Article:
Behavioral activation

Behavioral activation

Behavioral Activation is a third generation behavior therapy for treating depression. It is one of many functional analytic psychotherapies which are based on a Skinnerian psychological model of behavior change, generally referred to as Applied Behavior Analysis. This area is also a part of what is called Clinical Behavior Analysis (CBA) and makes up one of the most effective practices in the professional practice of behavior analysis.

Theoretical underpinnings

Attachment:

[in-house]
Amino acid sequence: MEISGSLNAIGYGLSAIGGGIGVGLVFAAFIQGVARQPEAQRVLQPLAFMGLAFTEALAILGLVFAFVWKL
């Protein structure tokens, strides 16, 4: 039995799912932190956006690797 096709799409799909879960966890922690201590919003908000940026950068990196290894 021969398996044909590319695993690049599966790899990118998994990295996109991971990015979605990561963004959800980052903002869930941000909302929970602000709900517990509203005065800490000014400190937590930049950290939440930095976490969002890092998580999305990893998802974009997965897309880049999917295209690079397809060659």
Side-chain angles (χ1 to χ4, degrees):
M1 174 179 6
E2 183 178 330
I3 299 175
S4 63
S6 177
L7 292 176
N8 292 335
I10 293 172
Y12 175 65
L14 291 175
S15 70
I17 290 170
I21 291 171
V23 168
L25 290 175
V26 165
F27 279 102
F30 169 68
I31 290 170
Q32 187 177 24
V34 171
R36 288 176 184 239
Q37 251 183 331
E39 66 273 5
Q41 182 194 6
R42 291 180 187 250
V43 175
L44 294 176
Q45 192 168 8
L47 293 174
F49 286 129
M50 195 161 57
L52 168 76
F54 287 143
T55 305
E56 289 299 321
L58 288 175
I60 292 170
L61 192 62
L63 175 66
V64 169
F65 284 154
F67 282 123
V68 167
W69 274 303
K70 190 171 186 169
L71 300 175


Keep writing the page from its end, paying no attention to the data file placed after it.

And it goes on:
Behavioral activation emerged from a component analysis of cognitive behavioral therapy. This analysis found that the cognitive component added little to the overall treatment of depression [cite journal | author = Jacobson, N. S., Dobson, K. S., Truax, P. A., Addis, M. E., Koerner, K., Gollan, J. K., Gortner, E., & Prince, S. E. | year = 1996 | title = A component analysis of cognitive-behavioral treatment for depression. | journal = Journal of Consulting and Clinical Psychology | volume = 64 | pages = 295-304 | pmid = 8871414] . The behavioral component had existed as a stand-alone treatment in the early work of Peter Lewisohn [Lewinsohn, P. M. (1975). The behavioral study and treatment of depression. In M. Hersen, R. M., Eisler, & P. M. Miller (Eds.), "Progress in behavioral modification" (Vol. 1, pp. 19-65).New York: Academic.] and thus a group of behaviorists decided that it might be more efficient to pursue a purer behavioral treatment for the disorder. The theory holds that not enough environmental reinforcement or too much environmental punishment can contribute to depression. The goal of the intervention is to increase environmental reinforcement and reduce punishment.